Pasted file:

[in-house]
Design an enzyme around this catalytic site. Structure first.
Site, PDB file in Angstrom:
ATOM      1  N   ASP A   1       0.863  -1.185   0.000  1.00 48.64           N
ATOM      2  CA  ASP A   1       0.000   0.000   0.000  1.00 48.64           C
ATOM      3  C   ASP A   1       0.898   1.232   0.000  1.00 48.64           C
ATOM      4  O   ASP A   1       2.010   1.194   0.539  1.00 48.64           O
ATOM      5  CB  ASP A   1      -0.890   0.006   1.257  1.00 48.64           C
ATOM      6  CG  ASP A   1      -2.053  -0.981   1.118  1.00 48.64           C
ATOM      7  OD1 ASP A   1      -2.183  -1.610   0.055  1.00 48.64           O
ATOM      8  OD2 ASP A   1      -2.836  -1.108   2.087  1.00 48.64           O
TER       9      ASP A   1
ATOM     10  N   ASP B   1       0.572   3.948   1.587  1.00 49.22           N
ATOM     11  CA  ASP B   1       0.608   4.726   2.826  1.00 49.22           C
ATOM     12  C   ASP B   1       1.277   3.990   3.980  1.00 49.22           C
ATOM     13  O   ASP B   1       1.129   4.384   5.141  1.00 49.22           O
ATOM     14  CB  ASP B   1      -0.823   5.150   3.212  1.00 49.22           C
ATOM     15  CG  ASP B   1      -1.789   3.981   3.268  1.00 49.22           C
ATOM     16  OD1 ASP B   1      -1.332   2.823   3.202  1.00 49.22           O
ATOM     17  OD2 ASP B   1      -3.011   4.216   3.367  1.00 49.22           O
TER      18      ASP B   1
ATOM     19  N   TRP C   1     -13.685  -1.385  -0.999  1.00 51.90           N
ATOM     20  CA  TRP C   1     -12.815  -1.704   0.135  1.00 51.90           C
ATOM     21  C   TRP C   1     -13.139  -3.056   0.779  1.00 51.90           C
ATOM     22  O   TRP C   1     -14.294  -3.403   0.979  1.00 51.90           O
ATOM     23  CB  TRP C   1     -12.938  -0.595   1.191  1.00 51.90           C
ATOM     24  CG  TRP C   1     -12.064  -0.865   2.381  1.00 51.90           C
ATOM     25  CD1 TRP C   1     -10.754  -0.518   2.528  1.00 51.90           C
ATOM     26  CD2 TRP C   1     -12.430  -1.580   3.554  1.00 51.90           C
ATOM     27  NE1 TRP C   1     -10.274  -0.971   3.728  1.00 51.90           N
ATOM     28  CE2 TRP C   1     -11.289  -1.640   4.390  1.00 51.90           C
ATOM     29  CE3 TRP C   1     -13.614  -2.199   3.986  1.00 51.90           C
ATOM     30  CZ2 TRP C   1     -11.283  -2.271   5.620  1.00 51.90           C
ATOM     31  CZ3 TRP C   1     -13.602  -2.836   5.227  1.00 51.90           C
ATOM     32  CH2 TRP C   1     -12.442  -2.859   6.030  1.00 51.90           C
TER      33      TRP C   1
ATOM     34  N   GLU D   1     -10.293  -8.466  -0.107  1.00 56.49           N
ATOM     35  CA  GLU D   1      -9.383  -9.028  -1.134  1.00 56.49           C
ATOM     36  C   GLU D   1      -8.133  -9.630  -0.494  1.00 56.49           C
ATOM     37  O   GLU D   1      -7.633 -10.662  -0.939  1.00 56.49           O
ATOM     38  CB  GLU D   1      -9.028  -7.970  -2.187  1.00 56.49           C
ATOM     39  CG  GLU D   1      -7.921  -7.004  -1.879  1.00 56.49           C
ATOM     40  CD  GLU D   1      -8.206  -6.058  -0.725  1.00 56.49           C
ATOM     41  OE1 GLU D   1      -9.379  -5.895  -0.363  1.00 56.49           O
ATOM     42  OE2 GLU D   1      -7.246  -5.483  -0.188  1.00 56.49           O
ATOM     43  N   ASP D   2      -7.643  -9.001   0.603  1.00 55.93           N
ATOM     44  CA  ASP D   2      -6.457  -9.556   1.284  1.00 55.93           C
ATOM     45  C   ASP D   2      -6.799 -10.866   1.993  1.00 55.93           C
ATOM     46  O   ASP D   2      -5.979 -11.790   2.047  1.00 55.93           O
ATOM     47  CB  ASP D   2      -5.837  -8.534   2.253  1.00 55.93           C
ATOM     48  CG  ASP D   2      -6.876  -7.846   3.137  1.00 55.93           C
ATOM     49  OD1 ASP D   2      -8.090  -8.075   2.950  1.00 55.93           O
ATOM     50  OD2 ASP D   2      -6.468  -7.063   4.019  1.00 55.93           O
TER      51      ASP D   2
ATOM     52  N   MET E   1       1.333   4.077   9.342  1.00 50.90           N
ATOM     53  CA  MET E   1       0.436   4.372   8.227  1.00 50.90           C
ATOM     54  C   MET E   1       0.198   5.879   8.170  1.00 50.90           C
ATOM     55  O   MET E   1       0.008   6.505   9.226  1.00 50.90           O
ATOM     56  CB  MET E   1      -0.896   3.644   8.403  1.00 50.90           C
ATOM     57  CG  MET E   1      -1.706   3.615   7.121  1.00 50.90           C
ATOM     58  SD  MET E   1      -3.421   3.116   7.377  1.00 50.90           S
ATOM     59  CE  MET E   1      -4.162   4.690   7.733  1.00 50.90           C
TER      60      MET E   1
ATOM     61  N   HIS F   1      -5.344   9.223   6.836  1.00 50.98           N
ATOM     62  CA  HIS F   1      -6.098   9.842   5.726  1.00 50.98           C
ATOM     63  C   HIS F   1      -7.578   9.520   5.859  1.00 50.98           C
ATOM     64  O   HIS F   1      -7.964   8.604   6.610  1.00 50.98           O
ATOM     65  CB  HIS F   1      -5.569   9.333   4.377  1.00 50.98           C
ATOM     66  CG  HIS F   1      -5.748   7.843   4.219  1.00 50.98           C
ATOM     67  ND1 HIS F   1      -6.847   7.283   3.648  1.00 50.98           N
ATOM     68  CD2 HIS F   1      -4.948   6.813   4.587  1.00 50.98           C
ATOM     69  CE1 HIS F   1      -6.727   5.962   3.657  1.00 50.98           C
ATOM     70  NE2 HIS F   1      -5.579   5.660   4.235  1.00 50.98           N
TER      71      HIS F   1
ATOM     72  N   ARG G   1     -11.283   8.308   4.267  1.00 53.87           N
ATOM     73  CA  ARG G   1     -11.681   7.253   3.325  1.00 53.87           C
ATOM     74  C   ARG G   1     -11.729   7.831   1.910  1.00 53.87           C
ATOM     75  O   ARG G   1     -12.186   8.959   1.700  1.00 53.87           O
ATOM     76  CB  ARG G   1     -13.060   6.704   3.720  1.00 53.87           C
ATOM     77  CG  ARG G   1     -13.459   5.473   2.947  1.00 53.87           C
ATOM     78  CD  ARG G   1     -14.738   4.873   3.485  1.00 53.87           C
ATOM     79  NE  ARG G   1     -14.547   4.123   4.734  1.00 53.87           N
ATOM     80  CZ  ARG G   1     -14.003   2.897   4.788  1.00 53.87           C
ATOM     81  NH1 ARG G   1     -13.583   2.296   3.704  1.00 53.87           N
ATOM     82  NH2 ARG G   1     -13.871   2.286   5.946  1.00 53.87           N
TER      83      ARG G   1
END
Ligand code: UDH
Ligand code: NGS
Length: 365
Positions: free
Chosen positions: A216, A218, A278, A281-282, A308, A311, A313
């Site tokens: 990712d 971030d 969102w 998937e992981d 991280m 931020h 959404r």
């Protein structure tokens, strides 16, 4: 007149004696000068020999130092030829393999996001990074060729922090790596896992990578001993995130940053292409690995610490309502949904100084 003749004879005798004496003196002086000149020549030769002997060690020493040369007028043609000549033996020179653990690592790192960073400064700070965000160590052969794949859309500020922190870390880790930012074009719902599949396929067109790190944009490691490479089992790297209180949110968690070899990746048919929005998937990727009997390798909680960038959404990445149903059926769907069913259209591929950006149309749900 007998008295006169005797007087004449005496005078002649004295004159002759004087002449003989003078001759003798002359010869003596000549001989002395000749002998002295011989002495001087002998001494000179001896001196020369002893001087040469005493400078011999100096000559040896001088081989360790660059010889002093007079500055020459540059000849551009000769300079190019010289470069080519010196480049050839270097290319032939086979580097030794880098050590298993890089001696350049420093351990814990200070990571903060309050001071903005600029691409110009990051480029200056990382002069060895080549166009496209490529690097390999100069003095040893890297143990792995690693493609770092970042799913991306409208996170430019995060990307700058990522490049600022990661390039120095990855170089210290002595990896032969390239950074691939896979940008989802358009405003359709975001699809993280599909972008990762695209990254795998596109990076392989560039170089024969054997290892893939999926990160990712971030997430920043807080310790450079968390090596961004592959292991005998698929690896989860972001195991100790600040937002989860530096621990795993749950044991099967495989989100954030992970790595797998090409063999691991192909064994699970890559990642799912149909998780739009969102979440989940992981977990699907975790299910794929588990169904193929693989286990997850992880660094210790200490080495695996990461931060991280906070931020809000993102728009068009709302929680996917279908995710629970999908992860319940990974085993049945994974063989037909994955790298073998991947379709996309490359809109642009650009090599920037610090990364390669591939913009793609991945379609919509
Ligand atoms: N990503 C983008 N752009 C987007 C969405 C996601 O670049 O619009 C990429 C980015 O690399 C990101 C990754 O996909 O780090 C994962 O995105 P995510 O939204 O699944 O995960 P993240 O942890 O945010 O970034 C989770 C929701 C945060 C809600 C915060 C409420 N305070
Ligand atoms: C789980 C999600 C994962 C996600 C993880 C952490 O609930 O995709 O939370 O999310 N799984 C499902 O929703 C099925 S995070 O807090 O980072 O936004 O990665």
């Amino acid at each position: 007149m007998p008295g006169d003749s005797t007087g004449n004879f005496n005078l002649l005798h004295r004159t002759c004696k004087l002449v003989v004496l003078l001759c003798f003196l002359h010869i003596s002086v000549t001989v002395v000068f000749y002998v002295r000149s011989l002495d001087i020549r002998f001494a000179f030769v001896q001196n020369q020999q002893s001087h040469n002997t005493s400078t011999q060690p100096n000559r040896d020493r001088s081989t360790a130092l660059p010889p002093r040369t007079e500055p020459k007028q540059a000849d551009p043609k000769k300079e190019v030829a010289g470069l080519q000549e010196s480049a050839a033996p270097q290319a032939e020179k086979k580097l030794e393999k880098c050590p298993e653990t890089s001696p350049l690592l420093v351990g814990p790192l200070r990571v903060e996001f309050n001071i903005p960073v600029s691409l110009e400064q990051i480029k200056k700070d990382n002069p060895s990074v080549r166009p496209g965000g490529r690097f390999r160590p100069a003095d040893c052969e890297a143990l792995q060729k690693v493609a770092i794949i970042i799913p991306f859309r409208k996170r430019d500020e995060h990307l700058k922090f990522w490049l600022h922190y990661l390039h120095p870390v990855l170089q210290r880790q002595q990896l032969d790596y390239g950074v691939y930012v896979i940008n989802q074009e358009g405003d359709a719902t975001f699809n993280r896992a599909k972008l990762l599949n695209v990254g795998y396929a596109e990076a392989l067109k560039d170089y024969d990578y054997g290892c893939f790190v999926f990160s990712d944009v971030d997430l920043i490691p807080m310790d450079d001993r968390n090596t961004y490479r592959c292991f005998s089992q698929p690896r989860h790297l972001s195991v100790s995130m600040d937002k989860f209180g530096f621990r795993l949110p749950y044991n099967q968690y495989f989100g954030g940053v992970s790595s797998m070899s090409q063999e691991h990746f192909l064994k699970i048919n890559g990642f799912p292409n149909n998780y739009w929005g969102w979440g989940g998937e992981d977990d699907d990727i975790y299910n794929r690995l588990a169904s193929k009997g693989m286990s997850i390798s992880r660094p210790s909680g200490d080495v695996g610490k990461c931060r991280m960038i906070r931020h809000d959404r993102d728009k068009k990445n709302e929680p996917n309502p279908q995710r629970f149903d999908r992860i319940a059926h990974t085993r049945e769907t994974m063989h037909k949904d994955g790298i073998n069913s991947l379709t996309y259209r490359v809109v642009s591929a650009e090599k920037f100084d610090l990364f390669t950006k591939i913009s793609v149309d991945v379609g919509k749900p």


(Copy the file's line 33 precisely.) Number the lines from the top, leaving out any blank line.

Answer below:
ATOM     30  CZ2 TRP C   1     -11.283  -2.271   5.620  1.00 51.90           C